A few of the main points about attachment are as follows: In Western cultures, about 65% of people have secure attachment and about 35% have some form of insecure attachment. So a rather high proportion of people suffer from the problems associated with attachment insecurity, which include significant relationship difficulties, problems with self-esteem and other aspects of self-experience, and emotion regulation abilities. Also, the presence of attachment insecurity makes people more vulnerable to having other types of psychological and emotional problems. So if someone has attachment insecurity, treating that first can make it easier to resolve the other problems. This is especially true and important for treating the aftereffects of trauma and abuse – if someone with such history also has attachment insecurity, trying to work directly with the trauma and abuse often leads to greater turmoil, disorganization, and distress that interferes with healing. But if an underlying attachment insecurity is treated first, the person has a stronger psychological and emotional structure that makes subsequent trauma/abuse treatment more effective and efficient.
It is important to highlight that though attachment insecurity is rather common, many of our clients do not have insecure attachment. It’s common to have a particular attachment style that parallels one of the categories of insecure attachment, but we as therapists must not over-diagnose clients as having more severe underlying problems than they actually have. That being said, the Three Pillars methods can have value for clients who have insecure attachment and for clients who have consistent problems associated with an insecure attachment style.
The Three Pillars refer to the treatment for the three primary areas of difficulty associated with attachment insecurity: The First Pillar involves the creation of new, positive internal models of attachment relationships that replace the old, insecure models; the Second Pillar promotes the development of metacognitive ability, which is typically impaired in people with attachment insecurity; and the Third Pillar focuses on helping clients develop better collaborative, cooperative relational skills, which are also usually impaired in people with attachment insecurity.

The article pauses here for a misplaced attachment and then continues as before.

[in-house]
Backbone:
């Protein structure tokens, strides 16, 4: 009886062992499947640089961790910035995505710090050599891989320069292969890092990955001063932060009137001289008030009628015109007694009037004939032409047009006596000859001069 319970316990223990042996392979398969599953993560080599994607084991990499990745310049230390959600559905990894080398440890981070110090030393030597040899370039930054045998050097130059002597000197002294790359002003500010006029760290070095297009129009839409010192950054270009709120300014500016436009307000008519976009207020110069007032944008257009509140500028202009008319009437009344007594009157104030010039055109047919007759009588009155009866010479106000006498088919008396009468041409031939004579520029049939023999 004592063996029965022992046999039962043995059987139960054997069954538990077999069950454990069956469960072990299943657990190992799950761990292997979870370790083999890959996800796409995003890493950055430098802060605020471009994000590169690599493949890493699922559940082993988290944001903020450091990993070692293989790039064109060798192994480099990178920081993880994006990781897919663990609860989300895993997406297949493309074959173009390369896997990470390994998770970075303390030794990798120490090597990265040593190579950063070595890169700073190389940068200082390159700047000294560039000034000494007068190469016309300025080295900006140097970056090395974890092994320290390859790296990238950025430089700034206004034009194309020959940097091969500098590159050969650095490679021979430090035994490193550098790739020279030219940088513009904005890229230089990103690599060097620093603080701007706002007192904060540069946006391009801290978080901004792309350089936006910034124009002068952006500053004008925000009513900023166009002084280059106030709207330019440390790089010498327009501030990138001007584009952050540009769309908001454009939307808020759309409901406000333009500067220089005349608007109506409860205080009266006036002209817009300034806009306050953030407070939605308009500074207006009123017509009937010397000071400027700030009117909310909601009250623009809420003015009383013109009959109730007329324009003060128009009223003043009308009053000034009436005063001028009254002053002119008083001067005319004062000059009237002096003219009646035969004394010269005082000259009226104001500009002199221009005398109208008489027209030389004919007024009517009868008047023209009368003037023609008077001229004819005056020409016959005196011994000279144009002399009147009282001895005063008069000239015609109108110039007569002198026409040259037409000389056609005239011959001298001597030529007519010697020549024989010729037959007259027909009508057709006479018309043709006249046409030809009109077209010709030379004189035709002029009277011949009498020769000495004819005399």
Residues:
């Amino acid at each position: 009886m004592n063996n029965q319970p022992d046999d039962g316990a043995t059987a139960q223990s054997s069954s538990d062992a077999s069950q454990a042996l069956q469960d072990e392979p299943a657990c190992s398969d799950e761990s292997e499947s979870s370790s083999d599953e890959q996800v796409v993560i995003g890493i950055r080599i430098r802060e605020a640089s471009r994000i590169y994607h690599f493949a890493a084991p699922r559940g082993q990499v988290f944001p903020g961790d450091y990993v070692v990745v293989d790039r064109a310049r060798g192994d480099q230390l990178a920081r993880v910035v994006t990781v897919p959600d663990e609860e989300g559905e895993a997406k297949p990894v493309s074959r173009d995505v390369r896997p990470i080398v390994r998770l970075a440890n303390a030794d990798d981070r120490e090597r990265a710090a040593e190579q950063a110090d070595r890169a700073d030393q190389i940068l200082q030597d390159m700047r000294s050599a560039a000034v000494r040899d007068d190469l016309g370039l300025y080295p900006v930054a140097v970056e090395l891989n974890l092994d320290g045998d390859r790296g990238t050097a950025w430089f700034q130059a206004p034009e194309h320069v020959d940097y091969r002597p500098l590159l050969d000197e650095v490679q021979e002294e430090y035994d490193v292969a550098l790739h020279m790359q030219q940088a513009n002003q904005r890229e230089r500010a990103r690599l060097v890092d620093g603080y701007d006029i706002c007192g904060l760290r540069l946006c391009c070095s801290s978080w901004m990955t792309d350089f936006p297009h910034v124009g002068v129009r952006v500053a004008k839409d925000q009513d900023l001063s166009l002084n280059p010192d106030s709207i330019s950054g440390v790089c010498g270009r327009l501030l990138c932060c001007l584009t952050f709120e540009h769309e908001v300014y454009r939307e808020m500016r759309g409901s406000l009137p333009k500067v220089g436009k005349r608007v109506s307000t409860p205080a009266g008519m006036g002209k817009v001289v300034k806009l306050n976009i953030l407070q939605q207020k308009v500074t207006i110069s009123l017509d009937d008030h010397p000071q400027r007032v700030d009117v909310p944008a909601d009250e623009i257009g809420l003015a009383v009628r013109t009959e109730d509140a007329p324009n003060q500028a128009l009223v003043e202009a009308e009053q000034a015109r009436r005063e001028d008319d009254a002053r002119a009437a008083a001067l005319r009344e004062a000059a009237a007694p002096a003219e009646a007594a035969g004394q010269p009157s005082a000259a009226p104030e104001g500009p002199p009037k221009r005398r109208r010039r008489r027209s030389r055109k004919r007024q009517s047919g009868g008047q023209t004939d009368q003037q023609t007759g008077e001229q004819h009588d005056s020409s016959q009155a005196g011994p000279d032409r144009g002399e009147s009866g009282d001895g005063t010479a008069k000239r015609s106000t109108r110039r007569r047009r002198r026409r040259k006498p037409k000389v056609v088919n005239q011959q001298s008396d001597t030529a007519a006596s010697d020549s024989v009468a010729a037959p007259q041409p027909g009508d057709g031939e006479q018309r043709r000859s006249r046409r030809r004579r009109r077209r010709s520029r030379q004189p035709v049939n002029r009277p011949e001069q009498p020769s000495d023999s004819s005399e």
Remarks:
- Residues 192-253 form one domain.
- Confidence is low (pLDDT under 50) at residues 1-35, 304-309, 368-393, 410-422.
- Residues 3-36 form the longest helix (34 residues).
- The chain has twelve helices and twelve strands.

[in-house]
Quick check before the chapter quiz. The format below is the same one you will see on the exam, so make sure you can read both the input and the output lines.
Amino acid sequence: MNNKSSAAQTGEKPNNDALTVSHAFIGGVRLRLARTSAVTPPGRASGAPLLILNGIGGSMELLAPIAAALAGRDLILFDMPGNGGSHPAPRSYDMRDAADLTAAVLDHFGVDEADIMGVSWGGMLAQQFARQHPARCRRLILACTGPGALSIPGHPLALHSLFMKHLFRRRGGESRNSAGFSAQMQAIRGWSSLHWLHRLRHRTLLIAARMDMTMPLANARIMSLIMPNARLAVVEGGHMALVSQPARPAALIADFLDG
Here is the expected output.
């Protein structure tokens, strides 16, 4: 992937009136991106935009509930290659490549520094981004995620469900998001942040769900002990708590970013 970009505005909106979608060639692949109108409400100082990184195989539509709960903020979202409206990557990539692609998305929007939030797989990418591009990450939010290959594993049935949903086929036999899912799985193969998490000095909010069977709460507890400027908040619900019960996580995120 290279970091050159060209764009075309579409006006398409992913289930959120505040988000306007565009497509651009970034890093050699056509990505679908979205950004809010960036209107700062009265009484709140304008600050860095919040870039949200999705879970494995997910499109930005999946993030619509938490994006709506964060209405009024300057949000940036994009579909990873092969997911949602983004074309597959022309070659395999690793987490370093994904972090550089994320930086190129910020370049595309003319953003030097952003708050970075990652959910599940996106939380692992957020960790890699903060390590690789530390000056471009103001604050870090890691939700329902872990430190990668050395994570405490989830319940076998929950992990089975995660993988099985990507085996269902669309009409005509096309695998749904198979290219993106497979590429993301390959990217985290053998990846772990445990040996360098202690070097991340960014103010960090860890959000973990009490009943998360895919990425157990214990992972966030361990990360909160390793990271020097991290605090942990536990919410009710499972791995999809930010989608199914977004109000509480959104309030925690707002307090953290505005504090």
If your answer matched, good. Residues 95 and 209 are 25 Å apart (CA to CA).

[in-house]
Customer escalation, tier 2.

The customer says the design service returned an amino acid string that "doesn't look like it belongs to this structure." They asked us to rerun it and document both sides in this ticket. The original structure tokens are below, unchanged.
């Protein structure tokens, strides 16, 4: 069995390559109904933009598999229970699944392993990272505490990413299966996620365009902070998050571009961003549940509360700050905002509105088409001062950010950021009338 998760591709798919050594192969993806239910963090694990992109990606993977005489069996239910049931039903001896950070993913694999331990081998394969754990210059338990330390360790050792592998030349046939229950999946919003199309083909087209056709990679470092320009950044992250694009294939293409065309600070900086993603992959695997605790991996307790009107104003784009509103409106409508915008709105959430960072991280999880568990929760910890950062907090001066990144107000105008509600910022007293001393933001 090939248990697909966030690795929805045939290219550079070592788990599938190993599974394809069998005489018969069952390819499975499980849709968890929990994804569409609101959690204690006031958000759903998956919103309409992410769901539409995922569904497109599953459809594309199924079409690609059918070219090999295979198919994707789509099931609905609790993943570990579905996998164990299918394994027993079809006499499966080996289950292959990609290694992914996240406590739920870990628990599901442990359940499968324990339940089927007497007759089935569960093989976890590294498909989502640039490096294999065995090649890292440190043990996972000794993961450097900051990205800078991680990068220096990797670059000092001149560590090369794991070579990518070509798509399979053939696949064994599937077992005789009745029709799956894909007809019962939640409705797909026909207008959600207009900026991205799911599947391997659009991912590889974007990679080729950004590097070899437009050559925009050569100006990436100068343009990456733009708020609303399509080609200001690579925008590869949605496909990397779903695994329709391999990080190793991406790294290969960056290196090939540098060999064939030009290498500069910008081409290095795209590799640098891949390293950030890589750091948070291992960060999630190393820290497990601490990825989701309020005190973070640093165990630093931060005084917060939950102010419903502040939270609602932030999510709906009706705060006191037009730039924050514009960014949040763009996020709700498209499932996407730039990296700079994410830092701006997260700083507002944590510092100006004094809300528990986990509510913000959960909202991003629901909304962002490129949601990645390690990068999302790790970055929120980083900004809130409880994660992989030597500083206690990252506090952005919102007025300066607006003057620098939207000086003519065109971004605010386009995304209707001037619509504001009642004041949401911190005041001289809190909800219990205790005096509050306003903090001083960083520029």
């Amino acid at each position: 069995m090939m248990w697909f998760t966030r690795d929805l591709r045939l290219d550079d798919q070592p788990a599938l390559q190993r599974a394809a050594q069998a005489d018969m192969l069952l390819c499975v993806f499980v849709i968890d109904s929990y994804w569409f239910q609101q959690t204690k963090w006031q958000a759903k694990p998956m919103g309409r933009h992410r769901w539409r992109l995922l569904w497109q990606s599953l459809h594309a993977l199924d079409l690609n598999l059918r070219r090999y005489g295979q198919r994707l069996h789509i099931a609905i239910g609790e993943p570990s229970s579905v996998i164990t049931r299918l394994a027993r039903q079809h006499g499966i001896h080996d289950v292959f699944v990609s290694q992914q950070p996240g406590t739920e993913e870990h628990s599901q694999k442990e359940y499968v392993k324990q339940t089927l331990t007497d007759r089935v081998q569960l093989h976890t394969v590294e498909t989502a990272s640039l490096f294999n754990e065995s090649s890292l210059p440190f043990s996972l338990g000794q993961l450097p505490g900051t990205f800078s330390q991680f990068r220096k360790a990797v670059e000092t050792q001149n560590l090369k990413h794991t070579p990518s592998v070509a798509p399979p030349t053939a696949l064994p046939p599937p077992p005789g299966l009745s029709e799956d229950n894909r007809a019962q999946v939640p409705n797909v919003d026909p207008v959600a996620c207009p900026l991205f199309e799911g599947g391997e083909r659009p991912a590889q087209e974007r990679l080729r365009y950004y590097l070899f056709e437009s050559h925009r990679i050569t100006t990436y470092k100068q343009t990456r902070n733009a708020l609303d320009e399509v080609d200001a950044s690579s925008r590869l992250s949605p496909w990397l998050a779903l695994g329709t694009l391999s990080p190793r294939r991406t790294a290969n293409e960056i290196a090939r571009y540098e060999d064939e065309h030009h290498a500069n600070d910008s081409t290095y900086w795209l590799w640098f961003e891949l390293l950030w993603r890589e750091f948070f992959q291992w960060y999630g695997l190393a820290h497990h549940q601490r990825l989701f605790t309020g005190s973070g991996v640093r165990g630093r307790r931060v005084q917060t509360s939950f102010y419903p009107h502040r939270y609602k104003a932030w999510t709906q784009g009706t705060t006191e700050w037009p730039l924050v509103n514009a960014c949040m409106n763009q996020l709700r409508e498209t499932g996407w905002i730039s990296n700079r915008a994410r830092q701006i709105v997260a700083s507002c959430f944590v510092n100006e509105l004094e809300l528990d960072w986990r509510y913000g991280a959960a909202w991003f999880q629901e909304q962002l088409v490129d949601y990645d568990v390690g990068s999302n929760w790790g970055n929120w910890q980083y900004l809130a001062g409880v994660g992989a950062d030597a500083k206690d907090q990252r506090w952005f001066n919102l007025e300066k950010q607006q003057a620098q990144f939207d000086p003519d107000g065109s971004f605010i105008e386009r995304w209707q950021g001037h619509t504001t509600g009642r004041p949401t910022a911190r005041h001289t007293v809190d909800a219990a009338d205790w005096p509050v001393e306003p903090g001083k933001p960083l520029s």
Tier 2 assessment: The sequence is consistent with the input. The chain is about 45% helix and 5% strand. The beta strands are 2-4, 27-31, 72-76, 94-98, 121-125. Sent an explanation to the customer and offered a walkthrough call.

How do you see that the practise of psychosynthesis connects with your working model of treatment and psychological repair and what does that mean for patients and clients?
As I mentioned above, especially the First Pillar methods will feel familiar to therapists with psychosynthesis training. The inclusion and focus on body-based experience, the use of ideal model mental imagery, and also the respect for and inclusion of the client’s ability to experience his or her child self are all consistent with PS principles and practices. So I think that therapists with a PS orientation and their clients will find that the Three Pillars methods fit well with PS theory, method, and practice.
Where does your own particular interest in attachment work come from? What has been your inspiration?
No doubt my interest in attachment work has its foundations in my own early experiences as an infant. And of course as an adult psychotherapist, I have seen so many clients who come with problems and needs related to their own problematic early attachment experiences. It has been a great blessing to have worked closely with Dan Brown as a teacher and mentor – his intellectual and creative brilliance has been a tremendous inspiration to me, and working with him and with several other colleagues in developing the Three Pillars model has been deeply rewarding personally and professionally.
PsykosyntesAkademin is hoping to offer more workshops and seminars with you, how do you view the possibility of returning to Sweden to do more work?
I would be delighted to return to the PsykosyntesAkademin to offer more teaching and workshops. As I am in Stockholm quite frequently, this is a realistic possibility.
Thank you David!
Ann Marie Lamb
And here are some voices from the workshop:
”Tack, det var fantastiska dagar! Det var en fin blandning av konkret verktygslåda och djupt arbete.”
”Ett nytt synsätt på hur ett anknytningsmönster kan angripas på/arbeta med/lösas/helas. Det mest givande var att få prova på och de tekniker som visades. Ser fram emot att ta in det i terapirummet.”
”Excellent content, pace, theory and practise, super knowledge plus experience, beautifully presented. High level!”